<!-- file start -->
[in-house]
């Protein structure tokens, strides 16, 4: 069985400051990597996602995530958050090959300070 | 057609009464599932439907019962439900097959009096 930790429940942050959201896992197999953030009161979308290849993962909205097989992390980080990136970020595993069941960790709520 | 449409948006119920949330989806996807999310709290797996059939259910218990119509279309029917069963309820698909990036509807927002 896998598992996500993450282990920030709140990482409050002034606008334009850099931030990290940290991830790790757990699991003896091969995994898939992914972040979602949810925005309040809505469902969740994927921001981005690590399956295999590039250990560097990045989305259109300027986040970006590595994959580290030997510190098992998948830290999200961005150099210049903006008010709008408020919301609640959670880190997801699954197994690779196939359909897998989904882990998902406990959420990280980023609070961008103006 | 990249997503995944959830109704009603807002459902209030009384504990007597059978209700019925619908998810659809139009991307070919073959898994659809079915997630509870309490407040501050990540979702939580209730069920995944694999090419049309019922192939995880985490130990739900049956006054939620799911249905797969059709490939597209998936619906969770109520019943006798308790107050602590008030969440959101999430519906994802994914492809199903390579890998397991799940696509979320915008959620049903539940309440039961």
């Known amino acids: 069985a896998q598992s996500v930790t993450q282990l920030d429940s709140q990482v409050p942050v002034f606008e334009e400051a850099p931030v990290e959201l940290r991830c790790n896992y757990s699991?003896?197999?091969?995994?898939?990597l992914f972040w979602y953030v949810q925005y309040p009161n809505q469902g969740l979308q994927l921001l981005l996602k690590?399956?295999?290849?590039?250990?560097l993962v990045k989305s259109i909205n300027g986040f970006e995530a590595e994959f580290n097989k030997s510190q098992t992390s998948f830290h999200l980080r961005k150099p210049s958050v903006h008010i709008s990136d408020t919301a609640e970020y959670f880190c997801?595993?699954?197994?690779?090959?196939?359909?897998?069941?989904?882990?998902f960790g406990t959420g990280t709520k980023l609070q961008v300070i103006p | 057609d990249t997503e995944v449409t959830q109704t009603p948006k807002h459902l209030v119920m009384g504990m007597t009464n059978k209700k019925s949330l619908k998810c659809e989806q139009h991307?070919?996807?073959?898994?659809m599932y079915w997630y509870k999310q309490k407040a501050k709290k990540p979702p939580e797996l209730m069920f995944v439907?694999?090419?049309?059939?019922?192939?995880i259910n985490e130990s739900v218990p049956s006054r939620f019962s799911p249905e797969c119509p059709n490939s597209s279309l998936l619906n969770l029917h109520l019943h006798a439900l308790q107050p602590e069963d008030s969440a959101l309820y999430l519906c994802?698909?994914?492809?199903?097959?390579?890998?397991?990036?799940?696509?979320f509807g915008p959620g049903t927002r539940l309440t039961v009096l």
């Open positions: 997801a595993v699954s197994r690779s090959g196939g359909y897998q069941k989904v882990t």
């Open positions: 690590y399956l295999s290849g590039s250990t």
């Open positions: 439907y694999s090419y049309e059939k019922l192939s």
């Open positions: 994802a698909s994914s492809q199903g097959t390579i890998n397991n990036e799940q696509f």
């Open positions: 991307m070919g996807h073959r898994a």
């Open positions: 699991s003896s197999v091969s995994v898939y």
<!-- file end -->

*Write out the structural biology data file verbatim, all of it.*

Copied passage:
[in-house]
């Protein structure tokens, strides 16, 4: 069985400051990597996602995530958050090959300070 | 057609009464599932439907019962439900097959009096 930790429940942050959201896992197999953030009161979308290849993962909205097989992390980080990136970020595993069941960790709520 | 449409948006119920949330989806996807999310709290797996059939259910218990119509279309029917069963309820698909990036509807927002 896998598992996500993450282990920030709140990482409050002034606008334009850099931030990290940290991830790790757990699991003896091969995994898939992914972040979602949810925005309040809505469902969740994927921001981005690590399956295999590039250990560097990045989305259109300027986040970006590595994959580290030997510190098992998948830290999200961005150099210049903006008010709008408020919301609640959670880190997801699954197994690779196939359909897998989904882990998902406990959420990280980023609070961008103006 | 990249997503995944959830109704009603807002459902209030009384504990007597059978209700019925619908998810659809139009991307070919073959898994659809079915997630509870309490407040501050990540979702939580209730069920995944694999090419049309019922192939995880985490130990739900049956006054939620799911249905797969059709490939597209998936619906969770109520019943006798308790107050602590008030969440959101999430519906994802994914492809199903390579890998397991799940696509979320915008959620049903539940309440039961």
């Known amino acids: 069985a896998q598992s996500v930790t993450q282990l920030d429940s709140q990482v409050p942050v002034f606008e334009e400051a850099p931030v990290e959201l940290r991830c790790n896992y757990s699991?003896?197999?091969?995994?898939?990597l992914f972040w979602y953030v949810q925005y309040p009161n809505q469902g969740l979308q994927l921001l981005l996602k690590?399956?295999?290849?590039?250990?560097l993962v990045k989305s259109i909205n300027g986040f970006e995530a590595e994959f580290n097989k030997s510190q098992t992390s998948f830290h999200l980080r961005k150099p210049s958050v903006h008010i709008s990136d408020t919301a609640e970020y959670f880190c997801?595993?699954?197994?690779?090959?196939?359909?897998?069941?989904?882990?998902f960790g406990t959420g990280t709520k980023l609070q961008v300070i103006p | 057609d990249t997503e995944v449409t959830q109704t009603p948006k807002h459902l209030v119920m009384g504990m007597t009464n059978k209700k019925s949330l619908k998810c659809e989806q139009h991307?070919?996807?073959?898994?659809m599932y079915w997630y509870k999310q309490k407040a501050k709290k990540p979702p939580e797996l209730m069920f995944v439907?694999?090419?049309?059939?019922?192939?995880i259910n985490e130990s739900v218990p049956s006054r939620f019962s799911p249905e797969c119509p059709n490939s597209s279309l998936l619906n969770l029917h109520l019943h006798a439900l308790q107050p602590e069963d008030s969440a959101l309820y999430l519906c994802?698909?994914?492809?199903?097959?390579?890998?397991?990036?799940?696509?979320f509807g915008p959620g049903t927002r539940l309440t039961v009096l």
């Open positions: 997801a595993v699954s197994r690779s090959g196939g359909y897998q069941k989904v882990t």
């Open positions: 690590y399956l295999s290849g590039s250990t």
């Open positions: 439907y694999s090419y049309e059939k019922l192939s």
């Open positions: 994802a698909s994914s492809q199903g097959t390579i890998n397991n990036e799940q696509f």
């Open positions: 991307m070919g996807h073959r898994a």
């Open positions: 699991s003896s197999v091969s995994v898939y």